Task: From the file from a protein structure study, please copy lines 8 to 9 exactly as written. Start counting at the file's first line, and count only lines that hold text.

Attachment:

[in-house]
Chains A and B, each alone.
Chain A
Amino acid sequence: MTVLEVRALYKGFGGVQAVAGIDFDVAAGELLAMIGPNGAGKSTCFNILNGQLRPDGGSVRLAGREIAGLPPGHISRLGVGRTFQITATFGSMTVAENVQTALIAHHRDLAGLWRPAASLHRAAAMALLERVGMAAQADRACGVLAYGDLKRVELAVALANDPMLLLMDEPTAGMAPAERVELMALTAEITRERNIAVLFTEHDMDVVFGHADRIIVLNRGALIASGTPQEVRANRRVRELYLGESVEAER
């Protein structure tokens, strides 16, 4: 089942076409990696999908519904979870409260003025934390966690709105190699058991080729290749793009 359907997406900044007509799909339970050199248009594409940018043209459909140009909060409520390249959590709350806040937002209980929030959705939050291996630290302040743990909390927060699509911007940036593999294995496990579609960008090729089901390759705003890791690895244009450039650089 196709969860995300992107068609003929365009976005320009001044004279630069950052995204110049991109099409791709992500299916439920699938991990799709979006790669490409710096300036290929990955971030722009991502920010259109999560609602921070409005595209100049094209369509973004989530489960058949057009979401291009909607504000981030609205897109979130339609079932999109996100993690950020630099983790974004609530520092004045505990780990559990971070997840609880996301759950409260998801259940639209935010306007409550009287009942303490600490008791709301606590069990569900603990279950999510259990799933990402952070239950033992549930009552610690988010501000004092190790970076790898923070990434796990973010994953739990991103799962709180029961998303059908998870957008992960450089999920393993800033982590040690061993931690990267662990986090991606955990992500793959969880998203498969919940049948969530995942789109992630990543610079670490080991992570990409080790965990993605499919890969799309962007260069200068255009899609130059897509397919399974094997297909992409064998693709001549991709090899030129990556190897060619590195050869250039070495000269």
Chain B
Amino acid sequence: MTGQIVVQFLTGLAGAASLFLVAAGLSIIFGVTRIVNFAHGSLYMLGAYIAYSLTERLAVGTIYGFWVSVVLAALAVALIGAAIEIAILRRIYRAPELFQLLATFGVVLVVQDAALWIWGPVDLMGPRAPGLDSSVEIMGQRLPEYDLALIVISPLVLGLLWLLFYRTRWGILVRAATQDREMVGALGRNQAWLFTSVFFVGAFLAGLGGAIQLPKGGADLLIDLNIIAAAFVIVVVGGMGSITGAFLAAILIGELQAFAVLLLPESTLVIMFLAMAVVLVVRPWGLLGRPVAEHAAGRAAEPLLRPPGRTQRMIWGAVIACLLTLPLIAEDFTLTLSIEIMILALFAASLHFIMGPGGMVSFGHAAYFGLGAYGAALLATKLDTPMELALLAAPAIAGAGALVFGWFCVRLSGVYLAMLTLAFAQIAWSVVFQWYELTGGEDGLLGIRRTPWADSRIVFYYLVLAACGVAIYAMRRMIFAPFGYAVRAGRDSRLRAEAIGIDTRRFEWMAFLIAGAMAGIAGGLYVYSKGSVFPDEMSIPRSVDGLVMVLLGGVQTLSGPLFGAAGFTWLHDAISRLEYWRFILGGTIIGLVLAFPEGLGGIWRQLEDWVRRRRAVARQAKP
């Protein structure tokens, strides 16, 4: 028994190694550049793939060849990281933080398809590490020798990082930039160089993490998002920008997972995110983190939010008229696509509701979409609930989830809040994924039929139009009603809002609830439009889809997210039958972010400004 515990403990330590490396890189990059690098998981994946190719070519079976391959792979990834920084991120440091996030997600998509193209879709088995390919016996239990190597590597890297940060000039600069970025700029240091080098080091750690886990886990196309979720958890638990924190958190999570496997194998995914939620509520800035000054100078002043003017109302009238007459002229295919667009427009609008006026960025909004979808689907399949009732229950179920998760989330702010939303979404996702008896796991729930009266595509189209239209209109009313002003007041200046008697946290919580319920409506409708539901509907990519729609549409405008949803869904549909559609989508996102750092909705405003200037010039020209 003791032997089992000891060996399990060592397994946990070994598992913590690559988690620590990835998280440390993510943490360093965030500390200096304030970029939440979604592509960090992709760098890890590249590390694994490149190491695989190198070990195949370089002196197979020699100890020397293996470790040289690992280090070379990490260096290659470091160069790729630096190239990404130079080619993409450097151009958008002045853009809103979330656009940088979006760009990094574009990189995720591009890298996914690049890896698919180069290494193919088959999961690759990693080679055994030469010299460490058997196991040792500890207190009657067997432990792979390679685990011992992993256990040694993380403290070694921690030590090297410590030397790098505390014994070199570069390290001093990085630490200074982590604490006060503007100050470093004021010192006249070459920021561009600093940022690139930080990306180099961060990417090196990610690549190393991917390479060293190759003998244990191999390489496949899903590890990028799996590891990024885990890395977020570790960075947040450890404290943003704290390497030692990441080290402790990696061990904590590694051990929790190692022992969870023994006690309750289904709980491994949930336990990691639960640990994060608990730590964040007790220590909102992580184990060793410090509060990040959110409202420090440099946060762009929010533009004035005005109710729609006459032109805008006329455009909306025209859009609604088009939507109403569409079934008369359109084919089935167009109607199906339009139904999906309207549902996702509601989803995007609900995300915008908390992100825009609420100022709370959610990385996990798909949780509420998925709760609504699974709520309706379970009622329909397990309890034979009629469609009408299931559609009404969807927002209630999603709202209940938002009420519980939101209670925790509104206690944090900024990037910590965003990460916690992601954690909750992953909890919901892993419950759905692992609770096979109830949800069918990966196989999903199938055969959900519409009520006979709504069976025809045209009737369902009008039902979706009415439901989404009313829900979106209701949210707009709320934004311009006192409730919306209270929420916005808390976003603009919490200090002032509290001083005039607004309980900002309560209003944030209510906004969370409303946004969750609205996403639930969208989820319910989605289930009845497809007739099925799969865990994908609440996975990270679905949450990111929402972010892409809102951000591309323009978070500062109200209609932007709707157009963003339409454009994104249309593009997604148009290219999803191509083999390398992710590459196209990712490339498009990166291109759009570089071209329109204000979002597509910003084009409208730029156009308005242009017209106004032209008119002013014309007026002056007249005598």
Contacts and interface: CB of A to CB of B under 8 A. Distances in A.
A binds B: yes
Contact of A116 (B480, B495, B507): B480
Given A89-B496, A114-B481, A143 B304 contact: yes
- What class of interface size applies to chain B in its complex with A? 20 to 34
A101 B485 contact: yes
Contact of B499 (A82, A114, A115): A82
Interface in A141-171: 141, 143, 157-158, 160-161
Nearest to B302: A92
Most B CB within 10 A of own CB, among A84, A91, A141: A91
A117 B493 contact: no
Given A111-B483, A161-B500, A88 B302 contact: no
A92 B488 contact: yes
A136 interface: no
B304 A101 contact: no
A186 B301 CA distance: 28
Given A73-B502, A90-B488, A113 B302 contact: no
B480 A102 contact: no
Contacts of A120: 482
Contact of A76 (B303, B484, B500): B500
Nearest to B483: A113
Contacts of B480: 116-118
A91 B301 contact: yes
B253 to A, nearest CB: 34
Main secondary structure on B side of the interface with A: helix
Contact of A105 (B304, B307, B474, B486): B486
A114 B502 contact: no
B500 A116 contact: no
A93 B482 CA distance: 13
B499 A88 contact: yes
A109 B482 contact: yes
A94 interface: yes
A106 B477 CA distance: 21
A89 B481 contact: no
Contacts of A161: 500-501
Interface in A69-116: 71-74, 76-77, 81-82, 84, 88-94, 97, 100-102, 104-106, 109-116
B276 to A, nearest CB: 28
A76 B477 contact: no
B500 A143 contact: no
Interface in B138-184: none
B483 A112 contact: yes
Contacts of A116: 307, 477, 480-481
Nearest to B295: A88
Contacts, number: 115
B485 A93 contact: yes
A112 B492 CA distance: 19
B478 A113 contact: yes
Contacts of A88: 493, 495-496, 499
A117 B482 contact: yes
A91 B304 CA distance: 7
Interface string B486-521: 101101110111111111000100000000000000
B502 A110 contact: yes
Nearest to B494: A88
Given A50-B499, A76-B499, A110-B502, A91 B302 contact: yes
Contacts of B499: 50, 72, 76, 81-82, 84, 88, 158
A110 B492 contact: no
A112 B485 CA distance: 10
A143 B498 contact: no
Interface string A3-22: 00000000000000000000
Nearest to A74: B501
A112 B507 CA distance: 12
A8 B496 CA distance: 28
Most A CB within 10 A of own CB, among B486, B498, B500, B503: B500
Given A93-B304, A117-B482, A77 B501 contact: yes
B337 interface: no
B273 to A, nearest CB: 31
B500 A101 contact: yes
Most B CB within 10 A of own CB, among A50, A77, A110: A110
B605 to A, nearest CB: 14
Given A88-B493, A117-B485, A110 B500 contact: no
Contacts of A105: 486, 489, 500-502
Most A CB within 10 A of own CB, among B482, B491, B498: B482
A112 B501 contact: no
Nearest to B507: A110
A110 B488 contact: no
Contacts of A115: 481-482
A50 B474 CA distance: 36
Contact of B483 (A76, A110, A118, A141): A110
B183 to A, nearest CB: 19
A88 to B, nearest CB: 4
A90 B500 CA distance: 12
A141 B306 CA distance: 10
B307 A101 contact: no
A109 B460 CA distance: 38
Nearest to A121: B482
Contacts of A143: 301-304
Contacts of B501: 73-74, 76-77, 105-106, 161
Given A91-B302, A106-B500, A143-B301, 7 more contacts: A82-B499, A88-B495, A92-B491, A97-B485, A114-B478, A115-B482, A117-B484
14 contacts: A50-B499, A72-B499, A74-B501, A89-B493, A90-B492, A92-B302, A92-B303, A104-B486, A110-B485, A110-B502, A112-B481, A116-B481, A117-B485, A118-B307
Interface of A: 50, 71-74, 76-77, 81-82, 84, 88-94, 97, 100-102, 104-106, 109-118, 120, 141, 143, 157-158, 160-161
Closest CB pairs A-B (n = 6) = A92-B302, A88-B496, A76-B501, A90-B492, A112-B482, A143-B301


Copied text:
């Protein structure tokens, strides 16, 4: 028994190694550049793939060849990281933080398809590490020798990082930039160089993490998002920008997972995110983190939010008229696509509701979409609930989830809040994924039929139009009603809002609830439009889809997210039958972010400004 515990403990330590490396890189990059690098998981994946190719070519079976391959792979990834920084991120440091996030997600998509193209879709088995390919016996239990190597590597890297940060000039600069970025700029240091080098080091750690886990886990196309979720958890638990924190958190999570496997194998995914939620509520800035000054100078002043003017109302009238007459002229295919667009427009609008006026960025909004979808689907399949009732229950179920998760989330702010939303979404996702008896796991729930009266595509189209239209209109009313002003007041200046008697946290919580319920409506409708539901509907990519729609549409405008949803869904549909559609989508996102750092909705405003200037010039020209 003791032997089992000891060996399990060592397994946990070994598992913590690559988690620590990835998280440390993510943490360093965030500390200096304030970029939440979604592509960090992709760098890890590249590390694994490149190491695989190198070990195949370089002196197979020699100890020397293996470790040289690992280090070379990490260096290659470091160069790729630096190239990404130079080619993409450097151009958008002045853009809103979330656009940088979006760009990094574009990189995720591009890298996914690049890896698919180069290494193919088959999961690759990693080679055994030469010299460490058997196991040792500890207190009657067997432990792979390679685990011992992993256990040694993380403290070694921690030590090297410590030397790098505390014994070199570069390290001093990085630490200074982590604490006060503007100050470093004021010192006249070459920021561009600093940022690139930080990306180099961060990417090196990610690549190393991917390479060293190759003998244990191999390489496949899903590890990028799996590891990024885990890395977020570790960075947040450890404290943003704290390497030692990441080290402790990696061990904590590694051990929790190692022992969870023994006690309750289904709980491994949930336990990691639960640990994060608990730590964040007790220590909102992580184990060793410090509060990040959110409202420090440099946060762009929010533009004035005005109710729609006459032109805008006329455009909306025209859009609604088009939507109403569409079934008369359109084919089935167009109607199906339009139904999906309207549902996702509601989803995007609900995300915008908390992100825009609420100022709370959610990385996990798909949780509420998925709760609504699974709520309706379970009622329909397990309890034979009629469609009408299931559609009404969807927002209630999603709202209940938002009420519980939101209670925790509104206690944090900024990037910590965003990460916690992601954690909750992953909890919901892993419950759905692992609770096979109830949800069918990966196989999903199938055969959900519409009520006979709504069976025809045209009737369902009008039902979706009415439901989404009313829900979106209701949210707009709320934004311009006192409730919306209270929420916005808390976003603009919490200090002032509290001083005039607004309980900002309560209003944030209510906004969370409303946004969750609205996403639930969208989820319910989605289930009845497809007739099925799969865990994908609440996975990270679905949450990111929402972010892409809102951000591309323009978070500062109200209609932007709707157009963003339409454009994104249309593009997604148009290219999803191509083999390398992710590459196209990712490339498009990166291109759009570089071209329109204000979002597509910003084009409208730029156009308005242009017209106004032209008119002013014309007026002056007249005598």
Contacts and interface: CB of A to CB of B under 8 A. Distances in A.